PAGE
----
Irrespective of how a language is written, it is always better to adhere to the accepted standards of the mobile app design. Globally, home buttons on the tab bar is always placed first on the left. Hamburger menu button is also positioned on the top left corner. If the tab bar or navigation bar icons are expressive and recognizable enough, labels can also be removed.
Information Display in Public Places
There are opportunities around us to improve the designs for a better user experience. Have you seen how the train timings are displayed at the Perth Station?
The information is displayed on this LCD panel as a table with rows and columns. You have the column labels ‘Destination,’ ‘Minutes,’ ‘Platform’ and ‘Pattern.’ Since the minutes and platform numbers are in adjacent columns and are both numbers, one has to carefully read the labels to make some sense out of this display. And the cluttered display with too much information increases the cognitive load for the users.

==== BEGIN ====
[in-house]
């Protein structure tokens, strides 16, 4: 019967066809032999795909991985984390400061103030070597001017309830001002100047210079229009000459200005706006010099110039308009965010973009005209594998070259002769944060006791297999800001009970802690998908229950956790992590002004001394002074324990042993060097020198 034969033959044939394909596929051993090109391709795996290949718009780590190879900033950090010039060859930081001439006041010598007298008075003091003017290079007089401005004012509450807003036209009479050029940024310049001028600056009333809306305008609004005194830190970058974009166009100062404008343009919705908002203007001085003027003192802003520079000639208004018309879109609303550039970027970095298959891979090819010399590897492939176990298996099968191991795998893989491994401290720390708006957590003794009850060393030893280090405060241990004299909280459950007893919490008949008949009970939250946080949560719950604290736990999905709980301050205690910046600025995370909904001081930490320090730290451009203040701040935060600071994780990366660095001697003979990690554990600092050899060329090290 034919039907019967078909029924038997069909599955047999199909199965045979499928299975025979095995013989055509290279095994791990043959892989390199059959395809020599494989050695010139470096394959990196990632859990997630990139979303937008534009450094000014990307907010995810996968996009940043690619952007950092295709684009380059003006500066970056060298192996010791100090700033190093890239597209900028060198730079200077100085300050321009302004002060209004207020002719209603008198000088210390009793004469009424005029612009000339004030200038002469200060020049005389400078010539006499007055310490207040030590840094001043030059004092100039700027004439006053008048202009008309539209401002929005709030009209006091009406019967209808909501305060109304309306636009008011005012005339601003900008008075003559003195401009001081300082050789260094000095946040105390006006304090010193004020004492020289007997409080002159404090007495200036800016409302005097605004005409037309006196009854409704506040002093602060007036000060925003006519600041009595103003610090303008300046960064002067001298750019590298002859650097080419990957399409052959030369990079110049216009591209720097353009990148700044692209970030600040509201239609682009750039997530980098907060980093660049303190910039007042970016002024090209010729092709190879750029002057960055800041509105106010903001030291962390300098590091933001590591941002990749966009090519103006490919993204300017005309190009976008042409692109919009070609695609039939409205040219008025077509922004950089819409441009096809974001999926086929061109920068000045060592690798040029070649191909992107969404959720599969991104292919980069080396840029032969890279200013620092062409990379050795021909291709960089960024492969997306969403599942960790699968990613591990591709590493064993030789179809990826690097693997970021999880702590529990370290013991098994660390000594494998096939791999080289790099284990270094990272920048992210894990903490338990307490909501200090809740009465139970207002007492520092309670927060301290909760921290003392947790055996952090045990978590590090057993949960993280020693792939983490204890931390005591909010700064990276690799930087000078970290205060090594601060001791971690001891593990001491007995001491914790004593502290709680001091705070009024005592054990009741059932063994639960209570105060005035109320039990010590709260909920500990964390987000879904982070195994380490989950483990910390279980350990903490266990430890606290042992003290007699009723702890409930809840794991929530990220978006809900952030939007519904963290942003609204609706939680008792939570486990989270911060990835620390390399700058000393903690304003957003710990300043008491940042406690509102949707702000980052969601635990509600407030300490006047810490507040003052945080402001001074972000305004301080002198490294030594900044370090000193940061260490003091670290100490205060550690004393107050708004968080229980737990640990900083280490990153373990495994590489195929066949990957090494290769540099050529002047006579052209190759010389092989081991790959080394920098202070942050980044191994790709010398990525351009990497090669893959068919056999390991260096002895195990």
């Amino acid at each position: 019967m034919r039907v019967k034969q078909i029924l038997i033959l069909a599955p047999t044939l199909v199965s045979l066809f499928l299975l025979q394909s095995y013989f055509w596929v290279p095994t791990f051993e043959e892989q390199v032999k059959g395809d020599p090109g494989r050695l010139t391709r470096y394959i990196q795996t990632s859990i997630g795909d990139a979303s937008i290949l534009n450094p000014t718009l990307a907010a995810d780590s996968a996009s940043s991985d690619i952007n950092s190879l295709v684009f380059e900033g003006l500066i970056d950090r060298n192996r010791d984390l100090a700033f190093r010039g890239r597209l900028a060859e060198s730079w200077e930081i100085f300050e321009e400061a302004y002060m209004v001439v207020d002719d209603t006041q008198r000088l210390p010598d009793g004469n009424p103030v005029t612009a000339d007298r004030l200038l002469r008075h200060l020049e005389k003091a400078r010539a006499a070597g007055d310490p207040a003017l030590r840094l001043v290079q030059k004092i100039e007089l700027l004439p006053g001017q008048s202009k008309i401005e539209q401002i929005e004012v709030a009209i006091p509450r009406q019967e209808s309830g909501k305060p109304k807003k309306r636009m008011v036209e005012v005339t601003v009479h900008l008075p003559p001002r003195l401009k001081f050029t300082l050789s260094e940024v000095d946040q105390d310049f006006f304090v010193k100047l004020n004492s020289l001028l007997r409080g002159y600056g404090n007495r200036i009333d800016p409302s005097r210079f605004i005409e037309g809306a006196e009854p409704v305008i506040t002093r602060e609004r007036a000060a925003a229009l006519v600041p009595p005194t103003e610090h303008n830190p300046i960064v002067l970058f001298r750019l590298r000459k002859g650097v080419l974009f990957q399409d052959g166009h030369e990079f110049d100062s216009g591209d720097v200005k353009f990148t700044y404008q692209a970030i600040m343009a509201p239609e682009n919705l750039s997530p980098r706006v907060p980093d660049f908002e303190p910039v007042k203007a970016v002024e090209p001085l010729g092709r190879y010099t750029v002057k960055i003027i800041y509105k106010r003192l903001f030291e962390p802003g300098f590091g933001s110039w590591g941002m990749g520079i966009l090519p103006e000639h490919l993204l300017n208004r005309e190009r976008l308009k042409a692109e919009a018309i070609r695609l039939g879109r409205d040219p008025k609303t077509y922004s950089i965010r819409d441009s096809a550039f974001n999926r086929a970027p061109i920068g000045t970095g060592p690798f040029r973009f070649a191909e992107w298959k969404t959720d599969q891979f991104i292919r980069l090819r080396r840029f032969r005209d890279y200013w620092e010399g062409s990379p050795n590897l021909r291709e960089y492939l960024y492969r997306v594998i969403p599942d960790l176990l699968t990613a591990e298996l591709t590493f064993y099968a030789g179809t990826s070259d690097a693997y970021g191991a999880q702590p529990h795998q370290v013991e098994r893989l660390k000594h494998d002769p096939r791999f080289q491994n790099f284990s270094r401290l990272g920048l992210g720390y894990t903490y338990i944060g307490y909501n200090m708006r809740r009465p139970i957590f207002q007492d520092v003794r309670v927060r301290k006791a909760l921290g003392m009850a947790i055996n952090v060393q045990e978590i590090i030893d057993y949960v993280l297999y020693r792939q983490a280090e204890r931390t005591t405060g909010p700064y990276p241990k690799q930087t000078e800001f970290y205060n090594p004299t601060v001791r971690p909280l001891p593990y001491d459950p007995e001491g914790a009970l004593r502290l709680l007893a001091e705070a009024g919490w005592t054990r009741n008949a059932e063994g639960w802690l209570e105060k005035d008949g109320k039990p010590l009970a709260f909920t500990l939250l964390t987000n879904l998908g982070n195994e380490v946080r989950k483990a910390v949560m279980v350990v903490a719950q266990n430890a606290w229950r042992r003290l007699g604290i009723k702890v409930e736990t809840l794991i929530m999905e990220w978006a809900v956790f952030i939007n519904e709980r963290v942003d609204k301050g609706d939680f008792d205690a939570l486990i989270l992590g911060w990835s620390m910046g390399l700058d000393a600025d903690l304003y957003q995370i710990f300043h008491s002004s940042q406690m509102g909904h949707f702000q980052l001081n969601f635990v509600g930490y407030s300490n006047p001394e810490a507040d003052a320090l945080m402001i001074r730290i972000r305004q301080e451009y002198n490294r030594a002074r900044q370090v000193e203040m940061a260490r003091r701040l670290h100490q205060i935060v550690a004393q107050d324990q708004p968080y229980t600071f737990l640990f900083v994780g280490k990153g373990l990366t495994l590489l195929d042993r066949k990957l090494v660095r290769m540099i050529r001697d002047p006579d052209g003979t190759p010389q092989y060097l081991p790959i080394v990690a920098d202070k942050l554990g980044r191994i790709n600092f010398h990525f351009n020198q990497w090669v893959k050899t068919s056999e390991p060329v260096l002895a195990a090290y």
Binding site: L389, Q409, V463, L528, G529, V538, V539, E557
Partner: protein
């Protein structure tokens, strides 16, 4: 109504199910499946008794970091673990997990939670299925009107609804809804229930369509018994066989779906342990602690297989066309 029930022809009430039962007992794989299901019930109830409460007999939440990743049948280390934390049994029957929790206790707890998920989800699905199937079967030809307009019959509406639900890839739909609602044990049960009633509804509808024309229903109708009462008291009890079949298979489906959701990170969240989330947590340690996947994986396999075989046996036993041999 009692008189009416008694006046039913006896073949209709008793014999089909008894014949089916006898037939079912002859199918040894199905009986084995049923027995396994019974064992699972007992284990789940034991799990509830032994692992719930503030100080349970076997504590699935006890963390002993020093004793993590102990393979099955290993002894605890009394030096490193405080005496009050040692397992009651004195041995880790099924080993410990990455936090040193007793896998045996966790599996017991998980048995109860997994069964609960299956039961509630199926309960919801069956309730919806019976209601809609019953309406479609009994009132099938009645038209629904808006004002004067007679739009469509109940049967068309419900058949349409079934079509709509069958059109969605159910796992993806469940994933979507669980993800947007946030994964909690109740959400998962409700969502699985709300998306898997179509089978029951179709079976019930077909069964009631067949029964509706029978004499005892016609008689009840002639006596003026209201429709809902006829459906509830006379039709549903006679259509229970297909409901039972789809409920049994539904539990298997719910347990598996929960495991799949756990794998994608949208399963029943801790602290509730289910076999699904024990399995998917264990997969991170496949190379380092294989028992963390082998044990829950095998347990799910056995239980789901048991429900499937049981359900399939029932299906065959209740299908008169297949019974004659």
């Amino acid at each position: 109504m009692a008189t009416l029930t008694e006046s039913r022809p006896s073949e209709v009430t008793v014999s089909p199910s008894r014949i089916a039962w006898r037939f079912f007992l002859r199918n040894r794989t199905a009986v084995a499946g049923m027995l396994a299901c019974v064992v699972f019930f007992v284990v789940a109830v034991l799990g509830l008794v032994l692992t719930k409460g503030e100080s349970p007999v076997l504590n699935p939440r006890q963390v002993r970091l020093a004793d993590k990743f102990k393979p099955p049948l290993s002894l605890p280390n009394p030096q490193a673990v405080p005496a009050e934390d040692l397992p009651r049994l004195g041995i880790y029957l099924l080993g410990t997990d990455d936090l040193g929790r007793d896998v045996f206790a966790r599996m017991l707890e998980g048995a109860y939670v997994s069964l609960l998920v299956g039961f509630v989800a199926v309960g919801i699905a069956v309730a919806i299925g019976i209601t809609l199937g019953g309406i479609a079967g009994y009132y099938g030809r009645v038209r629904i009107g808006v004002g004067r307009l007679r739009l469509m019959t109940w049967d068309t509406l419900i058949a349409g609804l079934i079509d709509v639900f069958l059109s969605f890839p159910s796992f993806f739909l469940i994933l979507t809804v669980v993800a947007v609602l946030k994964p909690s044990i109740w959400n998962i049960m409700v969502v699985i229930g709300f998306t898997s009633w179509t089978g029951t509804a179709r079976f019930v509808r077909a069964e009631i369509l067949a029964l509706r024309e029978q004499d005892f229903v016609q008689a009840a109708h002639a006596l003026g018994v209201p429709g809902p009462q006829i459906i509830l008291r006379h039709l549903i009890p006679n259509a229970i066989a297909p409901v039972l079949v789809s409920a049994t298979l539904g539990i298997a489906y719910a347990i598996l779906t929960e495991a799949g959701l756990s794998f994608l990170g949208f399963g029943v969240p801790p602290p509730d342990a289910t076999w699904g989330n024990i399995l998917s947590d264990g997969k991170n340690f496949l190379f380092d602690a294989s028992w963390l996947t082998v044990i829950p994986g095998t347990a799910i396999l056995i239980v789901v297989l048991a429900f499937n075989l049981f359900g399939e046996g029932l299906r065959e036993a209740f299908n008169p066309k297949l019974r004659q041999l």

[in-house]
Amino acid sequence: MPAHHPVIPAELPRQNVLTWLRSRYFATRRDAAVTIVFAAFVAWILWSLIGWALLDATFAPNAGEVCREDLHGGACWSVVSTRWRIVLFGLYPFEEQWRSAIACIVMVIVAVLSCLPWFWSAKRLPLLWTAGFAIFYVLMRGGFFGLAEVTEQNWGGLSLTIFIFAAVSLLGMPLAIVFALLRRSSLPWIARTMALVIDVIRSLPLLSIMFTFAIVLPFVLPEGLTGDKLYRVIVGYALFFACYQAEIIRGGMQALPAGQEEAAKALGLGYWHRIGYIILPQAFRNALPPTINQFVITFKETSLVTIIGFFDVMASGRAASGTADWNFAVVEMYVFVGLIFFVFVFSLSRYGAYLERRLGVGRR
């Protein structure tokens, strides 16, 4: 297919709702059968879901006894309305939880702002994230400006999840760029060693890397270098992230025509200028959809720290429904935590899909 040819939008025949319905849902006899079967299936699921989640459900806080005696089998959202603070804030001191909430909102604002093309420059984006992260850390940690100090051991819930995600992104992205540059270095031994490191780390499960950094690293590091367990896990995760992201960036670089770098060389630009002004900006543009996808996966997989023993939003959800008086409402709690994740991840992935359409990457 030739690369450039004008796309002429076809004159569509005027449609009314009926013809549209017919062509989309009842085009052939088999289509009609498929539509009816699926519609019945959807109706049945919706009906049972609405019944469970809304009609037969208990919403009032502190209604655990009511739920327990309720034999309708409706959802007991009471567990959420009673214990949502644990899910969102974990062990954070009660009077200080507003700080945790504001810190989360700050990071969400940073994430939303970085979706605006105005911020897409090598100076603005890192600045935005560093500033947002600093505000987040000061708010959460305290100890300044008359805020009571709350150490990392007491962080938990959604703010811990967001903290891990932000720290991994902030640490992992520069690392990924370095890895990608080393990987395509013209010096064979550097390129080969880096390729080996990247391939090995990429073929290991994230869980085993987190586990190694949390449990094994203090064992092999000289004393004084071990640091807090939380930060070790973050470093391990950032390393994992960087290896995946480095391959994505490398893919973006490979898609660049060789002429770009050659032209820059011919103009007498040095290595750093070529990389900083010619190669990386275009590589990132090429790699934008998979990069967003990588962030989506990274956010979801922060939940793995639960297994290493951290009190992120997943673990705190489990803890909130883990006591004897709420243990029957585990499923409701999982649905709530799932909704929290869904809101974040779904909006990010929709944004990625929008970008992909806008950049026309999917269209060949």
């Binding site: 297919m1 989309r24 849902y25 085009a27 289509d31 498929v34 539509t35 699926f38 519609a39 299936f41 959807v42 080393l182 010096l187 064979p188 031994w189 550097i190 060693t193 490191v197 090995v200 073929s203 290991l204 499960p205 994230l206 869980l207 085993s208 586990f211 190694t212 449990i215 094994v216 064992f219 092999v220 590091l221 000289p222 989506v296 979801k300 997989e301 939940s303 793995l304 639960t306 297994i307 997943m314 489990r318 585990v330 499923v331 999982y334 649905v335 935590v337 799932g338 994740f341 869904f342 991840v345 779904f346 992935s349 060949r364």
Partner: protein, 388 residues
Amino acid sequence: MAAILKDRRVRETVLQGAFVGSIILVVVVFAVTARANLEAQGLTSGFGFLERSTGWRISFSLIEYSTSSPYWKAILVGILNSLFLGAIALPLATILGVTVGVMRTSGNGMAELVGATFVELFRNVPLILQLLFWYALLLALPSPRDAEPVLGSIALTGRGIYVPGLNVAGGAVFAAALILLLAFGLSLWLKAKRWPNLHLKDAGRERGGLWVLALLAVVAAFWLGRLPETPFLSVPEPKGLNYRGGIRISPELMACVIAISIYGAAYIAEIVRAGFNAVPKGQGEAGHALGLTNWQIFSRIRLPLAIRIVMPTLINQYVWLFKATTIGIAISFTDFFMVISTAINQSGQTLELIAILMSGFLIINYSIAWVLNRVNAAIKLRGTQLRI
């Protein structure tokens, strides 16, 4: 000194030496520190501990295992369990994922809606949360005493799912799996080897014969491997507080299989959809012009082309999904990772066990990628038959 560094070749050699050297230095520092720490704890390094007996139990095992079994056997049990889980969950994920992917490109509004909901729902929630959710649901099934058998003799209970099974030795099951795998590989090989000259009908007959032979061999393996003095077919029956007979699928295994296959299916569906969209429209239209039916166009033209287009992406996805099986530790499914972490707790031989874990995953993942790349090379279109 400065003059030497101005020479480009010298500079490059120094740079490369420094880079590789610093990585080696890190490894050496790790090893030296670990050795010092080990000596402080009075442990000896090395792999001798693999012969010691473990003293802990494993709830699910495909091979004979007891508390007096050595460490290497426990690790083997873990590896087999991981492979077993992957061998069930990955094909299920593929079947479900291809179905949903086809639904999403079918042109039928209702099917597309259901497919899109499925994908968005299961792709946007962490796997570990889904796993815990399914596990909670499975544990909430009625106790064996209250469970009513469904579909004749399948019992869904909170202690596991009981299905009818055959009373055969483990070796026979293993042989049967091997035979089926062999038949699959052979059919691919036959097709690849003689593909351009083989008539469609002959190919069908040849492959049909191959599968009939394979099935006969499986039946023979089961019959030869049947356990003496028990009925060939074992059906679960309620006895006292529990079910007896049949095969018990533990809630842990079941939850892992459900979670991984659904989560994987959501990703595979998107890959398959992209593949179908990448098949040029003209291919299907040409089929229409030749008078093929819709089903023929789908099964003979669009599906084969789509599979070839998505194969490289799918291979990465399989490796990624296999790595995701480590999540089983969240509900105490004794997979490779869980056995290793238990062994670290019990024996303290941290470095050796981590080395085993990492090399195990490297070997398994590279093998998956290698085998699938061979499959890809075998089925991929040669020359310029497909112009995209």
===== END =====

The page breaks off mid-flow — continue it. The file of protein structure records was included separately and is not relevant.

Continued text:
Yes, train arrival times are announced continuously via the public addressing system. Let’s concentrate only on the information display screen for now.
Compare this display with that of the London Underground. This LED matrix display does not say the station name where the display is placed. There are no column labels. It just shows the platform number, destination, ETA in minutes and the current time. For a passenger in a hurry, this old display is more functional than the LCD panel at the Perth Station that is capable of showing a variety of media.